Nevertheless, she persisted

Nevertheless, she persisted

This devotion was written as part of the requirements in the candidacy process for Deaconess, in my Theology of Mission and Diakonia course through St. Paul School of Theology.

Opening Song: In the Lord I’ll Be Ever Thankful 

In the Lord I’ll be ever thankful
In the Lord I will rejoice
Look to God do not be afraid
Lift up your voices
The Lord is near
Lift up your voices
The Lord is near.

Reading: Luke 18:1-8, CEB


There are many unnamed women in the Bible. Pages and pages of them, if you look at the index in the CEB Women’s Bible. They are widows, daughters, queens, mothers, servants, wives, sisters. They are labeled mysterious, wise, detested, adulterous, foolish, bitter, possessed, and persistent.

We don’t know much about the widow in Luke 18 other than her persistence in asking to receive justice for her situation. The verse reads: there was a widow who kept coming to him [the Judge], asking, ‘Give me justice in this case against my adversary.’ (Luke 18:3, CEB). She was bothersome. A nuisance, one might even say.

Can you imagine this particular widow asking for justice every day? Maybe she’s the woman who you see every morning and night, standing on the street corner pleading her case. Perhaps she is the mother of another young black man who was murdered, and she goes to the local TV station, to the local police precinct, to her church, asking for justice, and every day she is ignored. She nags and badgers; she is relentless. Nevertheless, she persisted.

Who will hear her pleas and respond?

In Becoming a Justice Seeking Congregation, McElvaney quotes Birch’s Let Justice Roll Down, saying:

Justice is a chief attribute of God’s activity in the world…the Mishpat (which is the most frequently used word in Hebrew to mean the restoration situation of harmony or equity in community) of God is experienced by the vulnerable in the community as ‘justice,’ the upholding of their rights and the advocacy of their need…God’s justice and righteousness is especially made manifest in care for the poor, the hungry, the widow, the orphan, the oppressed, the troubled, the afflicted.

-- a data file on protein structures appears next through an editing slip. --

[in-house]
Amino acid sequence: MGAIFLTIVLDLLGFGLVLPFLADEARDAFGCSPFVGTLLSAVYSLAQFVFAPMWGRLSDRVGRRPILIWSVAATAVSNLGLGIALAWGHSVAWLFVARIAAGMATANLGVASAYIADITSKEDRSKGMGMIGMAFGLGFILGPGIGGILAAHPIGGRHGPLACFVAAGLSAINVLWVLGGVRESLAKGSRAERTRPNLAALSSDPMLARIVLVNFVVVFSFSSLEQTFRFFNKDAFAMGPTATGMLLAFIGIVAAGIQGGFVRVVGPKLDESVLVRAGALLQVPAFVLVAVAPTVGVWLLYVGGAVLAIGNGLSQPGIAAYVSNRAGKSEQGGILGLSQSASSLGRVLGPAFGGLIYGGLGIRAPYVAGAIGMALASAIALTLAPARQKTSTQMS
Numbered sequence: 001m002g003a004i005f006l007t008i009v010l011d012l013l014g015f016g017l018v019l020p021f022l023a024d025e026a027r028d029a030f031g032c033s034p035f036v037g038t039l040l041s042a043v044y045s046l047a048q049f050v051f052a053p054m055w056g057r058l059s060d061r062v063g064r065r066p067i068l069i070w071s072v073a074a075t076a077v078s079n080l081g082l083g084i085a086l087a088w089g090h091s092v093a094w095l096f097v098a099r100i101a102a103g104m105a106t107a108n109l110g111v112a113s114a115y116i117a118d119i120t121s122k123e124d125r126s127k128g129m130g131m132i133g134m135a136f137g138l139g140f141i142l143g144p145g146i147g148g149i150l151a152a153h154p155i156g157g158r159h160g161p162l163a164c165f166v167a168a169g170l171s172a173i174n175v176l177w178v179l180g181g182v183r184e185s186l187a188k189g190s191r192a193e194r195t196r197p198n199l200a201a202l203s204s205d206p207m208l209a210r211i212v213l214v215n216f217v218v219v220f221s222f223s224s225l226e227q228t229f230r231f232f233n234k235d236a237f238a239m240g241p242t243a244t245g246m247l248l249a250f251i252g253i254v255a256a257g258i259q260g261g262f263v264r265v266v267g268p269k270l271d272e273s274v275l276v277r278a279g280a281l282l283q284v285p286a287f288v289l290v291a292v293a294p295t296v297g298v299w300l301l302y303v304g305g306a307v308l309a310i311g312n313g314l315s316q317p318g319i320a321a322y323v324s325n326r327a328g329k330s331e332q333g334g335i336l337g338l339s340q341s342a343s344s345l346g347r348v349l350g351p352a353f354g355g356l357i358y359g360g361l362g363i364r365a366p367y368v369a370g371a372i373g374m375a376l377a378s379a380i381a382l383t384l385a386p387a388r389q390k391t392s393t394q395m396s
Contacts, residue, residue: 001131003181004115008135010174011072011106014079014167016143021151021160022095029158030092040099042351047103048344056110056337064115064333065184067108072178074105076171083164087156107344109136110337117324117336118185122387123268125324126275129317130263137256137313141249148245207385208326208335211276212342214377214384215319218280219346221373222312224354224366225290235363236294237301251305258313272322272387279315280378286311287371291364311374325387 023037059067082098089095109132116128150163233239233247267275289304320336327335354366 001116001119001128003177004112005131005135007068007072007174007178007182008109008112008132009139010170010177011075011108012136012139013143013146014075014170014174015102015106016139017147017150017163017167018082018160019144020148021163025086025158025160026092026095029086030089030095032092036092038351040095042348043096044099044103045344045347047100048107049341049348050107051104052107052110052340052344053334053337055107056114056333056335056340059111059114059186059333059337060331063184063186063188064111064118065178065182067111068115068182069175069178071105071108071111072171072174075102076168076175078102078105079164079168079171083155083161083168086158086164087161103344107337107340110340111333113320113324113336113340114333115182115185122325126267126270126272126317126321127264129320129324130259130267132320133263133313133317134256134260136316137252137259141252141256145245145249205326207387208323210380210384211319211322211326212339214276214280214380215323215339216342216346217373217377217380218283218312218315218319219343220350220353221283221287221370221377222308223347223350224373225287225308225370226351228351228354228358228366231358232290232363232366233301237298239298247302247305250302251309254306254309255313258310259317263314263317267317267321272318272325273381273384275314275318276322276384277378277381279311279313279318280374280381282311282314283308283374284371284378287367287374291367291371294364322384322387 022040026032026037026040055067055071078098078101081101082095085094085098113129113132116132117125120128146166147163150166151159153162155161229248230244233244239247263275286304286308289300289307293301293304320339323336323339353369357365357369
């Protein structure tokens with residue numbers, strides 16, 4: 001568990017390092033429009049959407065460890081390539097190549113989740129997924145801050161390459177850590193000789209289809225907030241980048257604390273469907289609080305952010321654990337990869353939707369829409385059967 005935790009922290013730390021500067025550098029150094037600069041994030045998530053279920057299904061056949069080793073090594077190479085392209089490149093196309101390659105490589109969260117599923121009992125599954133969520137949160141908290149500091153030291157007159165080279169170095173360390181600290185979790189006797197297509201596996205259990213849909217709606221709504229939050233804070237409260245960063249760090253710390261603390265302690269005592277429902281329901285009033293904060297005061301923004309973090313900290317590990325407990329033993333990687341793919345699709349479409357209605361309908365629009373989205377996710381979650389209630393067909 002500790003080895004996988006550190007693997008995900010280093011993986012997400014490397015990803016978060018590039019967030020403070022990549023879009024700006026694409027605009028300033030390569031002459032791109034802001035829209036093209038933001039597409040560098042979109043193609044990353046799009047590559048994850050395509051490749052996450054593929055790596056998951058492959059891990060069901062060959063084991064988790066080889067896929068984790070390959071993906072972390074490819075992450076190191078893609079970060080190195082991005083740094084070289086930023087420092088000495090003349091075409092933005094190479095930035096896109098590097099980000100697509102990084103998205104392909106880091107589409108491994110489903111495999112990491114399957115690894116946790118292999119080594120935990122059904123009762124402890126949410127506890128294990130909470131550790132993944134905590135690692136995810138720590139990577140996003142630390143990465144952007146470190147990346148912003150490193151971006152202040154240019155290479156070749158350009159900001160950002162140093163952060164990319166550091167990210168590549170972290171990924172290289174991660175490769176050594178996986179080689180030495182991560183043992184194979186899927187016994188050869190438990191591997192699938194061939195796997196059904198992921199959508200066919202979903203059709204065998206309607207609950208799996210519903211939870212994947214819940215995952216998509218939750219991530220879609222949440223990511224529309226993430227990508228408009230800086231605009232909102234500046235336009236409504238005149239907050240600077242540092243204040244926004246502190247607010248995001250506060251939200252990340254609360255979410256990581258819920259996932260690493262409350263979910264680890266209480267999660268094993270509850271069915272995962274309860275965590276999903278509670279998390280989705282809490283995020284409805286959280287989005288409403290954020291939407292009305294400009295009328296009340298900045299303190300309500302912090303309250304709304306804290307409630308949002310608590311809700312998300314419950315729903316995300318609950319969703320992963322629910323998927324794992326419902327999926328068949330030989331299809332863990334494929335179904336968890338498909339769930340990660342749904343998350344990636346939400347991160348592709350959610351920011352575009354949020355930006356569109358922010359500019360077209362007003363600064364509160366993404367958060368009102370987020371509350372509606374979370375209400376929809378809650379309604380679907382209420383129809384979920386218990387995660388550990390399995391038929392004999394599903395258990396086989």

The use of Mishpat reminds us of the long historical attempt of our foreparents in faith to both name and do justice. These instances are typically fraught with struggle and risk and failure as prophets proclaimed “the word of the Lord.” Yet we ignore these examples because we are afraid of what others might think of us, should we advocate for justice in our current context.


Take a moment and find a comfortable position, perhaps you want to close your eyes or focus on a particular word or phrase, as we try and understand the unnamed woman in Luke’s story.

Read Luke 18:1-8 text again

Who is this nameless woman? Does she have a name in your mind? What does she look like? What is this adversity she is seeking justice for?

Imagine you are her friend. Perhaps her neighbor. Or maybe she is the mother of one of your child’s or grandchild’s classmates. Maybe you sit together every Sunday in church. Perhaps she is a mother who was recently detained because of her undocumented status–separated from her family. How will you walk with this woman as she seeks justice for her situation?

Now open your eyes.

Are there named women in your life who are seeking justice? Who have been wronged? How will you join in their pleas for justice?

Today, say a prayer for those named and unnamed women seeking justice. Ask that God make you aware of the ways you can journey with these women near and far.


“The Spirit of the Lord is upon me,
because God has anointed me
to bring good news to the poor.
God has sent me to proclaim release to the captives
and recovery of sight to the blind,

to let the oppressed go free,
to proclaim the year of the Lord’s favor.”

—Luke 4.18-19

A Prophet’s Blessing
by Jan Richardson

This blessing
finds its way
behind the bars.
This blessing
works its way
beneath the chains.
This blessing
knows its way
through a broken heart.
This blessing
makes a way
where there is none.

Where there is
no light,
this blessing.
Where there is
no hope,
this blessing.
Where there is
no peace,
this blessing.
Where there is
nothing left,
this blessing.

In the presence
of hate.
In the absence
of love.
In the torment
of pain.
In the grip
of fear.

To the one
in need.
To the one
in the cell.
To the one
in the dark.
To the one
in despair.

Let this blessing come
as bread.
Let this blessing come
as release.
Let this blessing come
as sight.
Let this blessing come
as freedom.

Let this blessing come.